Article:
A visit to a soon to be lost architectural treasure

As I mentioned at the end of my post about Taliesin West, in forty years there hasn’t been a Frank Lloyd Wright building intentionally demolished, but that could change soon if the David and Gladys Wright house is not saved. Today I visited the home with hundreds of others during a public open house. I wandered the grounds and explored the nooks, closets, spaces and crannies they let us visit.

David and Gladys Wright House

David and Gladys Wright House

It is an architectural beauty for a single family residence. If I had the money, I’d buy it and move in. It is the only round residential building Wright built and is a bit similar to the Guggenheim. The indoor living space is all raised above ground leaving a wonderful outdoor living space perfect for use in Arizona below.

David and Gladys Wright HouseDavid Wright HouseDavid Wright Home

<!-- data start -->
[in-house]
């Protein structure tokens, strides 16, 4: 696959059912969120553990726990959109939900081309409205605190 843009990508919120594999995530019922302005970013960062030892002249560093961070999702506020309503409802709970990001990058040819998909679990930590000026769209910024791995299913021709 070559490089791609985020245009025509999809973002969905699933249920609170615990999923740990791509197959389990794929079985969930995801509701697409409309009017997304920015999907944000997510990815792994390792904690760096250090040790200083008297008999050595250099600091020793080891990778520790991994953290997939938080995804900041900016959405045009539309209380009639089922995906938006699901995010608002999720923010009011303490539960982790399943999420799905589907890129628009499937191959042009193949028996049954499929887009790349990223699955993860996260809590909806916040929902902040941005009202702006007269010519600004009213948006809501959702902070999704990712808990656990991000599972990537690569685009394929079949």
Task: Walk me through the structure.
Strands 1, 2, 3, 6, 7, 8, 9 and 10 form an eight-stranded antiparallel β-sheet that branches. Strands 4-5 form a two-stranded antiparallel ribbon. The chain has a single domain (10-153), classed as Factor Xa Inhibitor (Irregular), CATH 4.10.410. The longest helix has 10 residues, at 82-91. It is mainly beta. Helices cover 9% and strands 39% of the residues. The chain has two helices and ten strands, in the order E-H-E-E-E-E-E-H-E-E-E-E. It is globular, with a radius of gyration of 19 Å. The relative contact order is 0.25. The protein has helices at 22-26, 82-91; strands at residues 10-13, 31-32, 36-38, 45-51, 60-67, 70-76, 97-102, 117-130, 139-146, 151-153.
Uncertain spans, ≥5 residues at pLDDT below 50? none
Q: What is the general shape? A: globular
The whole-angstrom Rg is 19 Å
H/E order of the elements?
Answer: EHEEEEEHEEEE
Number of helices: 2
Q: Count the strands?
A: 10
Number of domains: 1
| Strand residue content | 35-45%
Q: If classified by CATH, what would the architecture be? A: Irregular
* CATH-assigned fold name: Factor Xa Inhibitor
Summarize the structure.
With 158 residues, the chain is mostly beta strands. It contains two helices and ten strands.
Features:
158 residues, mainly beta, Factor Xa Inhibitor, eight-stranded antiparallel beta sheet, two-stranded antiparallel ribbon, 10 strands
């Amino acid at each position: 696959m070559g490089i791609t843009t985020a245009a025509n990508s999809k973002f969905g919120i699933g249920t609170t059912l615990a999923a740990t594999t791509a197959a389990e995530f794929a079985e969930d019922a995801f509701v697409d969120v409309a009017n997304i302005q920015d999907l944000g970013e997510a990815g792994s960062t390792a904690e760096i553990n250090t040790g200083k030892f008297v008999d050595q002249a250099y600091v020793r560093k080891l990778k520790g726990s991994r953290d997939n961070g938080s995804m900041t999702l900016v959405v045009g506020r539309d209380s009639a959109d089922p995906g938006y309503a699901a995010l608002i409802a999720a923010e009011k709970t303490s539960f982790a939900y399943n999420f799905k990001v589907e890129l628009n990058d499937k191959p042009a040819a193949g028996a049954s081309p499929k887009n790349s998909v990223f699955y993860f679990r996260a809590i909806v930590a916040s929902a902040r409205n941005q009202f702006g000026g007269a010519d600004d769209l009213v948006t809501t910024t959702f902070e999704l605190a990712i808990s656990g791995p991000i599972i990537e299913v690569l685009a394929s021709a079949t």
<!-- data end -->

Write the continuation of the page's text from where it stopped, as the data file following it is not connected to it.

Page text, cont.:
The inside of the living space was closed but visitors could go inside the utility room at the base of the main silo structure, the bathroom at the base of the other silo for use while enjoying the outdoor living space, and inside the guesthouse that’s attached to the car port.

Frank Lloyd Wright's signature tile at David Wright Housecold storage door handle at David Wright houseguest house sink at David Wright houseDavid Wright House detail

The house isn’t in perfect shape with a few molded concrete blocks missing and I’m sure the electrical system isn’t up to code, but it is a wonderful example of Wright’s design, style and philosophy.

downstairs bathroom at David Wright housedetail of concrete block motif at David Wright housestairs from utility room to kitchen at David Wright houseinside guest house of David Wright home

The house will be open to the public again on Sunday, 30 Sept., from 8 a.m. to noon. Located at 5212 Exeter Boulevard, Phoenix, AZ, with the entrance to the property of Rubicon, this treasure is at risk of being lost but can be saved. You can help save this one-of-a-kind American architectural treasure. You can sign the petition online. Also, there will be a public hearing on October 2, at 6 p.m.

5 responses to “A visit to a soon to be lost architectural treasure

  1. Pingback: How to Live in the Southwest – The David and Gladys Wright House | Adventure Patches·

  2. Pingback: Gratitude Project 2014 – It’s All About the People | Adventure Patches·

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